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Ensuring the environmental sustainability of General and Business Aviation

EUROCONTROL, EBBA and IAOPA - Yearbook 2009


Although General and Business Aviation produce re latively low levels of C02 , they are still trying to reduce this even further.

Pat Malone reports

While commercial aviation has become the bete noir of the green movement, General and Business Aviation {GA and BA) have attracted their share of the attention, although the amount of fuel the sector uses is minuscule by comparison.

Business Jets, which comprise almost 8 per cent of European Instrument Flight Rules traffic, produce less than 1 per cent of emissions. Piston-engine aircraft, while outnumbering jets by ten-to-one, are estimated to use less than half of 1 per cent of the fuel that evaporates from car fuel tanks. Today's aircraft are 30 to 40 per cent more efficient than those of a generation ago. Nonetheless, for economic as well as environmental reasons, much effort is being expended to cut emissions further, and to perfect new engines and fuels for GA.

European business aircraft are generally younger than their airline counterparts- an average of eight years old, as opposed to a commercial average of 18 - and are quieter and more fuel-efficient than older jets. They fly less - an average of 500 hours a year, compared to an airliner's 3,000 - and they fly on task rather than on schedule, carrying no 'non-revenue' seats. Unlike the airlines, which overwhelmingly service the leisure industry, they are solely business-orientated, and they are vital to the economy. They take their environmental responsibilities seriously; the largest operator, NetJets, runs a voluntary carbon offset scheme, as do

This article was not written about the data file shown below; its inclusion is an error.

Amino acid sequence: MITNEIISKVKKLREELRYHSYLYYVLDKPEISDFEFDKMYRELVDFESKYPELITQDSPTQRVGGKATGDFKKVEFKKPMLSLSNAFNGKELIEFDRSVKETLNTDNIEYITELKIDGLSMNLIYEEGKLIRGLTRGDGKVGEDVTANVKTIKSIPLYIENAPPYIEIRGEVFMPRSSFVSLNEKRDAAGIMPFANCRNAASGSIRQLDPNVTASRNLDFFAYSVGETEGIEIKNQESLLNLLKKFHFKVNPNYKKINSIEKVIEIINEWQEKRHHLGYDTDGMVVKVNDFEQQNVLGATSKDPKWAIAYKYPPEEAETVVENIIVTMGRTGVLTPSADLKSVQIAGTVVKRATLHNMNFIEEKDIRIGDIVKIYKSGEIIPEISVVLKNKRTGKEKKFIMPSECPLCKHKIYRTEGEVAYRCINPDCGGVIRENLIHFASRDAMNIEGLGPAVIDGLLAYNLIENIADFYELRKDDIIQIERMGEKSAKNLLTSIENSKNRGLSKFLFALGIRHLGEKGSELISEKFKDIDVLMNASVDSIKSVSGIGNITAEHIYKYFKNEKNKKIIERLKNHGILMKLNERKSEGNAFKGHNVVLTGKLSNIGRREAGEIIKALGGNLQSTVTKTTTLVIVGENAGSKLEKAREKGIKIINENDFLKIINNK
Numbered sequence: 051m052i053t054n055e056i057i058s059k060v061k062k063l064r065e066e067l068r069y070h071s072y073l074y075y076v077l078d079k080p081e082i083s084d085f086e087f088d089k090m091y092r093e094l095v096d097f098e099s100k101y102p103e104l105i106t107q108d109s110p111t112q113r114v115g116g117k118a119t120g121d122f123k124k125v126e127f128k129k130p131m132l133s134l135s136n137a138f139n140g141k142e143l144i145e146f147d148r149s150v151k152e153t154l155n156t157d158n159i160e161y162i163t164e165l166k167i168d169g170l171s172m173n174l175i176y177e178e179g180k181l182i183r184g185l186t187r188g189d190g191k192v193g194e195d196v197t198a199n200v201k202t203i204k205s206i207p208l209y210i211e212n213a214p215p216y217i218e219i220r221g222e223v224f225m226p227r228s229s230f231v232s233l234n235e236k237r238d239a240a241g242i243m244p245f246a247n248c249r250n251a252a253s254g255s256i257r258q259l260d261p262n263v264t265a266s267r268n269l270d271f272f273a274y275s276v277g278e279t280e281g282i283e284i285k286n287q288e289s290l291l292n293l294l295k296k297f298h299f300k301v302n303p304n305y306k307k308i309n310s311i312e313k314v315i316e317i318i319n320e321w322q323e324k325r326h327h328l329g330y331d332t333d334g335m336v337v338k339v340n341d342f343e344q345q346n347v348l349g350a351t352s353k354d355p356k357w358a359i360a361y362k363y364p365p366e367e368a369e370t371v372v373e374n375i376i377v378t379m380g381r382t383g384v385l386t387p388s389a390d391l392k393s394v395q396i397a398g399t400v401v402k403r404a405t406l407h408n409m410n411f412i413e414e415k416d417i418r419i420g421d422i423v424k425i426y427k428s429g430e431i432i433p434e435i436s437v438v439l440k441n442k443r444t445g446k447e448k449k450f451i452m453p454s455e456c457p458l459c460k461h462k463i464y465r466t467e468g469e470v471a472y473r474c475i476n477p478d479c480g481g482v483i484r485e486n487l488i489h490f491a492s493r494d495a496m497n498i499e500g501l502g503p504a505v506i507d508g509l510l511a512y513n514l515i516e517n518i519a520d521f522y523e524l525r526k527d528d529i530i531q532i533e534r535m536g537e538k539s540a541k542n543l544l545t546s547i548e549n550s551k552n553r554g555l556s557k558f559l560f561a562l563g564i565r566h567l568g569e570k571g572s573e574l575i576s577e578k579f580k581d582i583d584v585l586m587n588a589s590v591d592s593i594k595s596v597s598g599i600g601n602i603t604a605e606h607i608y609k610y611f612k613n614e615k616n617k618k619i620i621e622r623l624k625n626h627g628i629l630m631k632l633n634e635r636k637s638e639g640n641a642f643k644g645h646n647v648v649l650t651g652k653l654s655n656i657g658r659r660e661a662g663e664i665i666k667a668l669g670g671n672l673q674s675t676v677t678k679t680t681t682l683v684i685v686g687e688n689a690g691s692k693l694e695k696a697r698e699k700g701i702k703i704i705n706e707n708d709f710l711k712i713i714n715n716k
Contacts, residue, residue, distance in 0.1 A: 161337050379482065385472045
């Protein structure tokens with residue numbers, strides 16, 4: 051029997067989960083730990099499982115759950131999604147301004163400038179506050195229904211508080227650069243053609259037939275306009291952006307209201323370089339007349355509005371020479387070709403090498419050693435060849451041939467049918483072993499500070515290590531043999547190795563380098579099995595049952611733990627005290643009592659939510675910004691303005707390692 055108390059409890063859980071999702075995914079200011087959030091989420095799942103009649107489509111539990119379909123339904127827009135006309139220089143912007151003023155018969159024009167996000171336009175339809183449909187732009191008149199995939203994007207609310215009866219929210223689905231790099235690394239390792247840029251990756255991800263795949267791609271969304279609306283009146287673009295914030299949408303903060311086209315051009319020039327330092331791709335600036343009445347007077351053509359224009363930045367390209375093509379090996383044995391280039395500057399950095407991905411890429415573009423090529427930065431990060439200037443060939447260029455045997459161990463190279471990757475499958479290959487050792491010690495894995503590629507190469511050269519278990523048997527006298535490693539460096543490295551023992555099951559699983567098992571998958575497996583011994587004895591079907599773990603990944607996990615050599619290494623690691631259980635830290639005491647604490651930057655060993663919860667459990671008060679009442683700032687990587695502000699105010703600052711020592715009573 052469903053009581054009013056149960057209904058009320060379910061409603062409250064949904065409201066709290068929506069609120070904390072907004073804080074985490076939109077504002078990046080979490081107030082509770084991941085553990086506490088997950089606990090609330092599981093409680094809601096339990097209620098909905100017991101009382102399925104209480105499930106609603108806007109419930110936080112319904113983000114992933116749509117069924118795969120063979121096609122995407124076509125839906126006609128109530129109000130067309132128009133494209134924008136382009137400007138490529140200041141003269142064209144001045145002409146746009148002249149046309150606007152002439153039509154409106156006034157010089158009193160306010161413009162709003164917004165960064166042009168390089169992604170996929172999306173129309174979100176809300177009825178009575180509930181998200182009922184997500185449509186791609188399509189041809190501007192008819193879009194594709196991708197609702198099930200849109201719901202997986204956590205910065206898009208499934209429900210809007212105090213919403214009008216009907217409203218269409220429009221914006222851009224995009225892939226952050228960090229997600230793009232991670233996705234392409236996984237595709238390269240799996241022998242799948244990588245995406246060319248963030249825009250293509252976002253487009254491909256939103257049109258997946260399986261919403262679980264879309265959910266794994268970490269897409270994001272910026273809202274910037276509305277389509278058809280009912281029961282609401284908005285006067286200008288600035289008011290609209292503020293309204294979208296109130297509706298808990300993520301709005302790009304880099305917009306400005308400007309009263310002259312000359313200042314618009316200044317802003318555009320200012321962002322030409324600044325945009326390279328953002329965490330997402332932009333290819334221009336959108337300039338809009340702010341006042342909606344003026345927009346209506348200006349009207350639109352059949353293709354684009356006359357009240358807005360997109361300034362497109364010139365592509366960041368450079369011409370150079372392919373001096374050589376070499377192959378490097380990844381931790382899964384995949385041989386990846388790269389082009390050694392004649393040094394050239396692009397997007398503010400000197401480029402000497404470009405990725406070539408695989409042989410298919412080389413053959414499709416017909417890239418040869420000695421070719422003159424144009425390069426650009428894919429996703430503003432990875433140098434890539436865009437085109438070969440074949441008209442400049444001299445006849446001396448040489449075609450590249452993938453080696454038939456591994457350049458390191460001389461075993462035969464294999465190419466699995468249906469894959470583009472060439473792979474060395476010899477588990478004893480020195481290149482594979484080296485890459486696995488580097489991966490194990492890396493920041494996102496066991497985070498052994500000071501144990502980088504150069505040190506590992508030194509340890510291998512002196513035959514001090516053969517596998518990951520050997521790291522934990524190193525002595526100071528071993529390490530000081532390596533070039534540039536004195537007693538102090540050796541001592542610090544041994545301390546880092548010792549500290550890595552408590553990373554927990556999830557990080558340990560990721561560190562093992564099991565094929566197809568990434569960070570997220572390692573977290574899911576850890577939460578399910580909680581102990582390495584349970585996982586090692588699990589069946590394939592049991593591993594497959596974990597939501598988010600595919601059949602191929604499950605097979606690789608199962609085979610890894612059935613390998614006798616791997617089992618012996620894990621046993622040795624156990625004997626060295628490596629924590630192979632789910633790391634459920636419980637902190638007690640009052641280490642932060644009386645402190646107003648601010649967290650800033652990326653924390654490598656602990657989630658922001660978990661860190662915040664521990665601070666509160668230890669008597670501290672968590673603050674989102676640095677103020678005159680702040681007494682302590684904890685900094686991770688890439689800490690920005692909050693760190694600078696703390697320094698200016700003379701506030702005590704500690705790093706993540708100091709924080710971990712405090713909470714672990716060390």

many smaller companies.

However, BA faces a double blow from increased fuel taxes and mandatory emissions trading. They are uniquely disadvantaged by EU legislation due to be introduced in 2012, which allows commercial business aircraft operators who emit fewer than 10,000 tonnes of emissions to be outside ETS, but requires corporate owners of jets to pay for everything even if they only operate one aircraft. Furthermore, tracking of emissions threatens to be complex and bureaucratic. Brian Humphries, President of the European Business Aircraft Association, says: "We would prefer an alternative means of compliance so that rather than tracking every flight and calculating carbon output for every type of aircraft, we contribute on a simplified basis. We know we must pay our environmental way, and we do, but the system that is proposed will be very costly to administer."

Fuel for piston-engine aircraft- called Avgas - is a 'boutique' product that refineries are less and less willing to make. Where a Boeing 747 captain might put in an extra tonne of Jet-A 1 fuel just for taxiing to the runway, a training aircraft will use perhaps 20 litres of Avgas an hour. Only three major European refineries still make Avgas, and lac of refinery capacity is one of the drivers of change in the GA fuel market.


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